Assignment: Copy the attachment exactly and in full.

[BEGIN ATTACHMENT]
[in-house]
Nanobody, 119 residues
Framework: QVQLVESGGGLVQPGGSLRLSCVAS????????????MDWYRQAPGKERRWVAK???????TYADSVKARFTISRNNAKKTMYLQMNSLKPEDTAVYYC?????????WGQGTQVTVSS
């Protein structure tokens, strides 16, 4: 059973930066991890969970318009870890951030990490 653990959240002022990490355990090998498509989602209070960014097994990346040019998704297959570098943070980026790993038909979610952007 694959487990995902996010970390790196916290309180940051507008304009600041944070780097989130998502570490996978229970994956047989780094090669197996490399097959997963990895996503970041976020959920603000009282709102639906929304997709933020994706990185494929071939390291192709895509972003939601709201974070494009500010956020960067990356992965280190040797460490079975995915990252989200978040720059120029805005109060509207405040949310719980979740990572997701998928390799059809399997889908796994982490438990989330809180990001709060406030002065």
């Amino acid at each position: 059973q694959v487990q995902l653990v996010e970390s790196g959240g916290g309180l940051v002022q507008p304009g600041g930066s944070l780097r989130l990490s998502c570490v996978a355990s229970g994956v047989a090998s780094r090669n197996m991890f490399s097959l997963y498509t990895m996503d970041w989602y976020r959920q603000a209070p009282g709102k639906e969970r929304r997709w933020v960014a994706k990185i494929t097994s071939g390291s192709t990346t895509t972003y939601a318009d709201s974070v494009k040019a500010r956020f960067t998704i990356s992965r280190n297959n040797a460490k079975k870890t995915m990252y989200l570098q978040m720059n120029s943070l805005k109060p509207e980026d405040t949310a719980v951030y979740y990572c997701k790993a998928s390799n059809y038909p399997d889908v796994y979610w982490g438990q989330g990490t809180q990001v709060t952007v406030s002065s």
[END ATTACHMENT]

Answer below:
[in-house]
Nanobody, 119 residues
Framework: QVQLVESGGGLVQPGGSLRLSCVAS????????????MDWYRQAPGKERRWVAK???????TYADSVKARFTISRNNAKKTMYLQMNSLKPEDTAVYYC?????????WGQGTQVTVSS
């Protein structure tokens, strides 16, 4: 059973930066991890969970318009870890951030990490 653990959240002022990490355990090998498509989602209070960014097994990346040019998704297959570098943070980026790993038909979610952007 694959487990995902996010970390790196916290309180940051507008304009600041944070780097989130998502570490996978229970994956047989780094090669197996490399097959997963990895996503970041976020959920603000009282709102639906929304997709933020994706990185494929071939390291192709895509972003939601709201974070494009500010956020960067990356992965280190040797460490079975995915990252989200978040720059120029805005109060509207405040949310719980979740990572997701998928390799059809399997889908796994982490438990989330809180990001709060406030002065």
């Amino acid at each position: 059973q694959v487990q995902l653990v996010e970390s790196g959240g916290g309180l940051v002022q507008p304009g600041g930066s944070l780097r989130l990490s998502c570490v996978a355990s229970g994956v047989a090998s780094r090669n197996m991890f490399s097959l997963y498509t990895m996503d970041w989602y976020r959920q603000a209070p009282g709102k639906e969970r929304r997709w933020v960014a994706k990185i494929t097994s071939g390291s192709t990346t895509t972003y939601a318009d709201s974070v494009k040019a500010r956020f960067t998704i990356s992965r280190n297959n040797a460490k079975k870890t995915m990252y989200l570098q978040m720059n120029s943070l805005k109060p509207e980026d405040t949310a719980v951030y979740y990572c997701k790993a998928s390799n059809y038909p399997d889908v796994y979610w982490g438990q989330g990490t809180q990001v709060t952007v406030s002065s």